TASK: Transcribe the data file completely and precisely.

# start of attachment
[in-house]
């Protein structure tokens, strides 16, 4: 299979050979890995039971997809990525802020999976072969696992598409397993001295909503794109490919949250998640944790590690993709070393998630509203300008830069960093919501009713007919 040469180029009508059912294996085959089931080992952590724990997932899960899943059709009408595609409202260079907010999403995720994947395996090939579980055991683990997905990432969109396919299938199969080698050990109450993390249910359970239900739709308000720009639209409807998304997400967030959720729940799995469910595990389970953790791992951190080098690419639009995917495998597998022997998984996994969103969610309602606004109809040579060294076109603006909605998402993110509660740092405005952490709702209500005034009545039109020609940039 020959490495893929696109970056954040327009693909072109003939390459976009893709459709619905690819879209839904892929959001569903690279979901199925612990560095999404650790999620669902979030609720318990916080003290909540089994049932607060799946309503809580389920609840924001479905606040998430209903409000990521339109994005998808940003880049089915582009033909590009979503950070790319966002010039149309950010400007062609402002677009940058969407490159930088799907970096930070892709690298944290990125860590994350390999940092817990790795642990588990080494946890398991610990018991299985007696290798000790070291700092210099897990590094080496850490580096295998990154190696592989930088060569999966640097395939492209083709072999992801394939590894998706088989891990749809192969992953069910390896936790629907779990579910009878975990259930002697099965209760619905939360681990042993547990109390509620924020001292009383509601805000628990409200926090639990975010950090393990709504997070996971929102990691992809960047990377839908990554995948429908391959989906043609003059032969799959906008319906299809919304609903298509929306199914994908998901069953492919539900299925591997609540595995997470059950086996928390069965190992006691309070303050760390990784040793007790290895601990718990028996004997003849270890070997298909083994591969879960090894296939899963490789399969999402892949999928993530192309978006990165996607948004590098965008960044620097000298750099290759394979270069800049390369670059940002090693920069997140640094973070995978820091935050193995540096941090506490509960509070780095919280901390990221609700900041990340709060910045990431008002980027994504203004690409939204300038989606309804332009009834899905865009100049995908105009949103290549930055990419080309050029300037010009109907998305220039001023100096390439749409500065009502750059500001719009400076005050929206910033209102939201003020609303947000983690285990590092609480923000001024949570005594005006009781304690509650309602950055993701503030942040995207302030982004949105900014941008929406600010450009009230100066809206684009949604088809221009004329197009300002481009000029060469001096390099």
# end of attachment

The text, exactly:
[in-house]
């Protein structure tokens, strides 16, 4: 299979050979890995039971997809990525802020999976072969696992598409397993001295909503794109490919949250998640944790590690993709070393998630509203300008830069960093919501009713007919 040469180029009508059912294996085959089931080992952590724990997932899960899943059709009408595609409202260079907010999403995720994947395996090939579980055991683990997905990432969109396919299938199969080698050990109450993390249910359970239900739709308000720009639209409807998304997400967030959720729940799995469910595990389970953790791992951190080098690419639009995917495998597998022997998984996994969103969610309602606004109809040579060294076109603006909605998402993110509660740092405005952490709702209500005034009545039109020609940039 020959490495893929696109970056954040327009693909072109003939390459976009893709459709619905690819879209839904892929959001569903690279979901199925612990560095999404650790999620669902979030609720318990916080003290909540089994049932607060799946309503809580389920609840924001479905606040998430209903409000990521339109994005998808940003880049089915582009033909590009979503950070790319966002010039149309950010400007062609402002677009940058969407490159930088799907970096930070892709690298944290990125860590994350390999940092817990790795642990588990080494946890398991610990018991299985007696290798000790070291700092210099897990590094080496850490580096295998990154190696592989930088060569999966640097395939492209083709072999992801394939590894998706088989891990749809192969992953069910390896936790629907779990579910009878975990259930002697099965209760619905939360681990042993547990109390509620924020001292009383509601805000628990409200926090639990975010950090393990709504997070996971929102990691992809960047990377839908990554995948429908391959989906043609003059032969799959906008319906299809919304609903298509929306199914994908998901069953492919539900299925591997609540595995997470059950086996928390069965190992006691309070303050760390990784040793007790290895601990718990028996004997003849270890070997298909083994591969879960090894296939899963490789399969999402892949999928993530192309978006990165996607948004590098965008960044620097000298750099290759394979270069800049390369670059940002090693920069997140640094973070995978820091935050193995540096941090506490509960509070780095919280901390990221609700900041990340709060910045990431008002980027994504203004690409939204300038989606309804332009009834899905865009100049995908105009949103290549930055990419080309050029300037010009109907998305220039001023100096390439749409500065009502750059500001719009400076005050929206910033209102939201003020609303947000983690285990590092609480923000001024949570005594005006009781304690509650309602950055993701503030942040995207302030982004949105900014941008929406600010450009009230100066809206684009949604088809221009004329197009300002481009000029060469001096390099």